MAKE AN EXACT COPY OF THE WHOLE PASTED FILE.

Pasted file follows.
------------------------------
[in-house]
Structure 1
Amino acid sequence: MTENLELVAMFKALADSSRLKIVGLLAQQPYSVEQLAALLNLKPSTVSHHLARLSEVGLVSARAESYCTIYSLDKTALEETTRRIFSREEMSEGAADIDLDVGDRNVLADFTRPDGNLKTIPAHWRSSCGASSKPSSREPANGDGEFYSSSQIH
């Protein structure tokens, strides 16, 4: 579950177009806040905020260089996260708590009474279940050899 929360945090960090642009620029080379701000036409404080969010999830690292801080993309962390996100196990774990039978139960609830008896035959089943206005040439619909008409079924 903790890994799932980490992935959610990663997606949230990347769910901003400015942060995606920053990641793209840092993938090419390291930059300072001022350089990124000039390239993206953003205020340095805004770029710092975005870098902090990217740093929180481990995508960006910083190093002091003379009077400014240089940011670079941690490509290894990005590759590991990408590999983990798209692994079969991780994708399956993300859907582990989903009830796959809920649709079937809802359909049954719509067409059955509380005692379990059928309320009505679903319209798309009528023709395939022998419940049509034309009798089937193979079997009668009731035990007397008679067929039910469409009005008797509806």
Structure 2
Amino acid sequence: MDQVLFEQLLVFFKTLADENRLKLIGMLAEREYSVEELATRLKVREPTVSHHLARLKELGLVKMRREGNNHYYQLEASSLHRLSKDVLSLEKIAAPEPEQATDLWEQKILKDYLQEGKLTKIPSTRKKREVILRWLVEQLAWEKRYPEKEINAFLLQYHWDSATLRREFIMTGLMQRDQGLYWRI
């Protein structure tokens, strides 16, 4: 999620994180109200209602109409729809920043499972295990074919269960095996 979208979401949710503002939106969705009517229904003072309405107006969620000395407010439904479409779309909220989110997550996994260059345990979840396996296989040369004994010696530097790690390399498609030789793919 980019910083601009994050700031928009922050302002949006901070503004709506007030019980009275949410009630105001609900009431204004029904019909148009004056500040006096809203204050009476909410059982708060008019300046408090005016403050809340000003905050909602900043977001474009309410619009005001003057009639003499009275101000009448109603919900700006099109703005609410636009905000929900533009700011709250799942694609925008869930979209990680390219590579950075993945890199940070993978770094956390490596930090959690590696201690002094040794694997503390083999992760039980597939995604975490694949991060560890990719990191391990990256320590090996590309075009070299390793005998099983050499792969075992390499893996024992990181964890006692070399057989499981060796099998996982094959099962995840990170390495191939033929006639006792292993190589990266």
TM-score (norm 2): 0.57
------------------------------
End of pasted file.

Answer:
[in-house]
Structure 1
Amino acid sequence: MTENLELVAMFKALADSSRLKIVGLLAQQPYSVEQLAALLNLKPSTVSHHLARLSEVGLVSARAESYCTIYSLDKTALEETTRRIFSREEMSEGAADIDLDVGDRNVLADFTRPDGNLKTIPAHWRSSCGASSKPSSREPANGDGEFYSSSQIH
């Protein structure tokens, strides 16, 4: 579950177009806040905020260089996260708590009474279940050899 929360945090960090642009620029080379701000036409404080969010999830690292801080993309962390996100196990774990039978139960609830008896035959089943206005040439619909008409079924 903790890994799932980490992935959610990663997606949230990347769910901003400015942060995606920053990641793209840092993938090419390291930059300072001022350089990124000039390239993206953003205020340095805004770029710092975005870098902090990217740093929180481990995508960006910083190093002091003379009077400014240089940011670079941690490509290894990005590759590991990408590999983990798209692994079969991780994708399956993300859907582990989903009830796959809920649709079937809802359909049954719509067409059955509380005692379990059928309320009505679903319209798309009528023709395939022998419940049509034309009798089937193979079997009668009731035990007397008679067929039910469409009005008797509806």
Structure 2
Amino acid sequence: MDQVLFEQLLVFFKTLADENRLKLIGMLAEREYSVEELATRLKVREPTVSHHLARLKELGLVKMRREGNNHYYQLEASSLHRLSKDVLSLEKIAAPEPEQATDLWEQKILKDYLQEGKLTKIPSTRKKREVILRWLVEQLAWEKRYPEKEINAFLLQYHWDSATLRREFIMTGLMQRDQGLYWRI
């Protein structure tokens, strides 16, 4: 999620994180109200209602109409729809920043499972295990074919269960095996 979208979401949710503002939106969705009517229904003072309405107006969620000395407010439904479409779309909220989110997550996994260059345990979840396996296989040369004994010696530097790690390399498609030789793919 980019910083601009994050700031928009922050302002949006901070503004709506007030019980009275949410009630105001609900009431204004029904019909148009004056500040006096809203204050009476909410059982708060008019300046408090005016403050809340000003905050909602900043977001474009309410619009005001003057009639003499009275101000009448109603919900700006099109703005609410636009905000929900533009700011709250799942694609925008869930979209990680390219590579950075993945890199940070993978770094956390490596930090959690590696201690002094040794694997503390083999992760039980597939995604975490694949991060560890990719990191391990990256320590090996590309075009070299390793005998099983050499792969075992390499893996024992990181964890006692070399057989499981060796099998996982094959099962995840990170390495191939033929006639006792292993190589990266």
TM-score (norm 2): 0.57